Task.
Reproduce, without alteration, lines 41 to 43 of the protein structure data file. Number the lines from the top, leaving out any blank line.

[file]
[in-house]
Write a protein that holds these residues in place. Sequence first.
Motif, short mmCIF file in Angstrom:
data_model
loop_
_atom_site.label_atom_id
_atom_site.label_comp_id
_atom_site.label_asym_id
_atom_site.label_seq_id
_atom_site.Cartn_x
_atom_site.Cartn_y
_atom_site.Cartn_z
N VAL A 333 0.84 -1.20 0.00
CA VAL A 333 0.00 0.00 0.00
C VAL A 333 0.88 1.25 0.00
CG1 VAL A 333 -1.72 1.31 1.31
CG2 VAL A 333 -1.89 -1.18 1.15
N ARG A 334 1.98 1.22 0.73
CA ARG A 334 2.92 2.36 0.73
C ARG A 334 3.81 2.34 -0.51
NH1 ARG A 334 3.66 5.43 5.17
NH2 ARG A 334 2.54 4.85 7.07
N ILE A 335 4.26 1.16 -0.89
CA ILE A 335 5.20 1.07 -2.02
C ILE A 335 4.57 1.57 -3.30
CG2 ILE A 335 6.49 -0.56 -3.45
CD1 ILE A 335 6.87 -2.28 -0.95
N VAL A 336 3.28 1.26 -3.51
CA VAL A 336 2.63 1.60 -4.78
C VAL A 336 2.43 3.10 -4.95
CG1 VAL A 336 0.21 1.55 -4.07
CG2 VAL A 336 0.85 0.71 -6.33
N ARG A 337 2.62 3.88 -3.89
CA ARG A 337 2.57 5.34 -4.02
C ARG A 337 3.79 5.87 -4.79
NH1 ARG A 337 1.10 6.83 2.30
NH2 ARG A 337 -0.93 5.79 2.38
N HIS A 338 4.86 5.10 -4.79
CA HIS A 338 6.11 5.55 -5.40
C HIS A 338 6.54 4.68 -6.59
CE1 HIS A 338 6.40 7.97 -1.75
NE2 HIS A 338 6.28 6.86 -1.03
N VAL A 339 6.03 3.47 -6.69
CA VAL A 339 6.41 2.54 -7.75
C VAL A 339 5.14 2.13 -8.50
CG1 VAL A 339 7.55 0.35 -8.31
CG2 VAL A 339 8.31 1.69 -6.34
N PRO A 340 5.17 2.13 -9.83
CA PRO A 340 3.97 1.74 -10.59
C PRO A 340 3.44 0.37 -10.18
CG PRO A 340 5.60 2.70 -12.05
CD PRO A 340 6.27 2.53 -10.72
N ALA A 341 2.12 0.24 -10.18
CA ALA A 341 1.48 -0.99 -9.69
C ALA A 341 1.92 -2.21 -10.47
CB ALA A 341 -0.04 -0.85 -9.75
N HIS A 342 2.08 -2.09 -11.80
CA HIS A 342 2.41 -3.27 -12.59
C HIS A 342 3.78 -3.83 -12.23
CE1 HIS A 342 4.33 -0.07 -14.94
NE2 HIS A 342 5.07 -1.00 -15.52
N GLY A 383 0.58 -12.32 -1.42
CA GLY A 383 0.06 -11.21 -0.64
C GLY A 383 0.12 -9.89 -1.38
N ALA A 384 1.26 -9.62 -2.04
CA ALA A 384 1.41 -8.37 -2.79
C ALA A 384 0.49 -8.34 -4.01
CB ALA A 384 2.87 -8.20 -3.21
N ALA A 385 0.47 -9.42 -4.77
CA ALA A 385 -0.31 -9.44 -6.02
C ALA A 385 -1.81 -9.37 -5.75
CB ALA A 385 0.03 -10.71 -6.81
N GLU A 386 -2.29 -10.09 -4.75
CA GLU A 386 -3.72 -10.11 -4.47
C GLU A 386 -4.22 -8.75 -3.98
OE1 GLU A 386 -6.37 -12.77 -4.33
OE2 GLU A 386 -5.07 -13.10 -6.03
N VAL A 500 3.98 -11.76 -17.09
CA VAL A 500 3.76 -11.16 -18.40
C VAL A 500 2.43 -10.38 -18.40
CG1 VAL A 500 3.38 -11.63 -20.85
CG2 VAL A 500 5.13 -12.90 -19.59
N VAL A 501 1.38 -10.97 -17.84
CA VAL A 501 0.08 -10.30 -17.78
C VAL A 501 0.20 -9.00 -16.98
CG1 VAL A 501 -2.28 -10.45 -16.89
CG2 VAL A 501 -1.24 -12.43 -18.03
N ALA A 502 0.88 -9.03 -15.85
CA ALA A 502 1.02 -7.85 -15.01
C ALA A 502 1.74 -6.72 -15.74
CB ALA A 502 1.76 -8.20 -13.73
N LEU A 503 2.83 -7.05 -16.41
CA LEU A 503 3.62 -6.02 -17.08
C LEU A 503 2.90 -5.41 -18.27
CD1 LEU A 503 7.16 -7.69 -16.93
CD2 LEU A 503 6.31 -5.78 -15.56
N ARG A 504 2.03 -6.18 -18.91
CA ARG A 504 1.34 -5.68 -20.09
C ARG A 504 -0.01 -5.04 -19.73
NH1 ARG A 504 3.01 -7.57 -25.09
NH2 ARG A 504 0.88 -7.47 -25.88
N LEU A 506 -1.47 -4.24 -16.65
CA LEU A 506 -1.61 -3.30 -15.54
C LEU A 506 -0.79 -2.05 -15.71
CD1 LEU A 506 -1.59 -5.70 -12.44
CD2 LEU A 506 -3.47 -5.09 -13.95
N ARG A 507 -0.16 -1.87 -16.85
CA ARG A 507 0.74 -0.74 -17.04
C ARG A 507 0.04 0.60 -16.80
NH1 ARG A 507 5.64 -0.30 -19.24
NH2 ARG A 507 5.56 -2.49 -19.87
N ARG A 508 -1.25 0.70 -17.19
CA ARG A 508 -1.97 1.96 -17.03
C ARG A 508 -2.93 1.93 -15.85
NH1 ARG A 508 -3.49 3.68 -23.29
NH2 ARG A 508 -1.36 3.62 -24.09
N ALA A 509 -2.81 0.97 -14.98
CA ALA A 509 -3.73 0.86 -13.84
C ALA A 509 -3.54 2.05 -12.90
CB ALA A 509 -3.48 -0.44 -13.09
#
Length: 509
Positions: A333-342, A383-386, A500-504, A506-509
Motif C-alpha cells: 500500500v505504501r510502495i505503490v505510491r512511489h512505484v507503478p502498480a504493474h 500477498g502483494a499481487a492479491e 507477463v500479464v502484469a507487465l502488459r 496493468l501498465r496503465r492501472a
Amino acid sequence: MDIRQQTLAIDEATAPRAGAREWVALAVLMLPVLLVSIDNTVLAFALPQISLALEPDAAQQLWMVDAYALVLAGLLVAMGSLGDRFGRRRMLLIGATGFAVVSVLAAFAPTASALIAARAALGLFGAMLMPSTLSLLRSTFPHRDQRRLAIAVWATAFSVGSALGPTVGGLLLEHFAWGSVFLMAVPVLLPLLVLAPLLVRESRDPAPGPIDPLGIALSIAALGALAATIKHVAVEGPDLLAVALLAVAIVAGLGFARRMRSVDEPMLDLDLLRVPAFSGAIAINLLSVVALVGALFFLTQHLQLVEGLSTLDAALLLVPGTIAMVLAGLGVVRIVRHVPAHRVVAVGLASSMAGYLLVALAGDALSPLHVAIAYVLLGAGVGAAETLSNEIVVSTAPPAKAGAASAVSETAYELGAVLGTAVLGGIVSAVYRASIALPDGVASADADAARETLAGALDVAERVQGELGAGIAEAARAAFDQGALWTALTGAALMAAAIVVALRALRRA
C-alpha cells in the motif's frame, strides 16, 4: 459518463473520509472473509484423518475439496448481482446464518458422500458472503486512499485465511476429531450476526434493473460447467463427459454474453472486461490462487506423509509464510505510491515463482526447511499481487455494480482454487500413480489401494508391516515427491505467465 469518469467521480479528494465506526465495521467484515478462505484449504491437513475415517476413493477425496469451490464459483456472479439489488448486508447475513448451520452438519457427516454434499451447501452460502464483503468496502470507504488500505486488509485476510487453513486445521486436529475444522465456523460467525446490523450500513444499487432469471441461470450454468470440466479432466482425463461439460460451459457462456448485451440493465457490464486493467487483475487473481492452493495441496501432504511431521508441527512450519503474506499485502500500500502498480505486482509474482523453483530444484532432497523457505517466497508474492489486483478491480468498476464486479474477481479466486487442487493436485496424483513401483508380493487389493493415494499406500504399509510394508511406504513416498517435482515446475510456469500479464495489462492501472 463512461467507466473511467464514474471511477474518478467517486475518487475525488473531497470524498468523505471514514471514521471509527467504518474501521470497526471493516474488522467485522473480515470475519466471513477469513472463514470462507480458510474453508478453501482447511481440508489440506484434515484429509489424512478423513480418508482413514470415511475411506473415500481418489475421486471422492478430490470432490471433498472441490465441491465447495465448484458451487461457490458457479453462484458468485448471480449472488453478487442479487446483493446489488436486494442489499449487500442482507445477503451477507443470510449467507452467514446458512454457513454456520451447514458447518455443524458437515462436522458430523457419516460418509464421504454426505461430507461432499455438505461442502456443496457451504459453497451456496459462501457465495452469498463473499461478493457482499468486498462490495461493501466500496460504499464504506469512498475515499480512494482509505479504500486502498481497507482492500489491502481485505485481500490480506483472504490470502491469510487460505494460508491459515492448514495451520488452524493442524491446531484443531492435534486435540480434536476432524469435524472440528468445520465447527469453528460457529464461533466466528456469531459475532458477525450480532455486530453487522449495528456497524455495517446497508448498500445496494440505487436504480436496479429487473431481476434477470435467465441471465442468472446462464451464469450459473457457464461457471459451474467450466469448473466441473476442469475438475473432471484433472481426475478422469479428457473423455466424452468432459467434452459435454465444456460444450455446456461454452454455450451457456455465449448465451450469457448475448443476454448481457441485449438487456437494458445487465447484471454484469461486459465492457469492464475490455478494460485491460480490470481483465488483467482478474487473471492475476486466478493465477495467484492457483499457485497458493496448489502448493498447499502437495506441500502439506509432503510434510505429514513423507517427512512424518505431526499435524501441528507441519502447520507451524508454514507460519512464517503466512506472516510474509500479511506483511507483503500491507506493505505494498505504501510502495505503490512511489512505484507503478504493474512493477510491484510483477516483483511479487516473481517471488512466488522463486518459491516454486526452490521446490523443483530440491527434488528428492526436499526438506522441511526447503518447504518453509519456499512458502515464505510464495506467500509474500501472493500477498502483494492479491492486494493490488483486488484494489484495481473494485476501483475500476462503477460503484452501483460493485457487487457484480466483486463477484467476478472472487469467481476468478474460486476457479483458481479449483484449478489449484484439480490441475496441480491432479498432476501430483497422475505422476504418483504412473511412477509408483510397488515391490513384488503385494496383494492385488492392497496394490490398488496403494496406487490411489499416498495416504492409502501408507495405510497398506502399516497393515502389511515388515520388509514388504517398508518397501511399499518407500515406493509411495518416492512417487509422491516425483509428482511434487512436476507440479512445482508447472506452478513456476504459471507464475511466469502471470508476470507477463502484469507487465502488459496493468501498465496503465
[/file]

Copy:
CE1 HIS A 338 6.40 7.97 -1.75
NE2 HIS A 338 6.28 6.86 -1.03
N VAL A 339 6.03 3.47 -6.69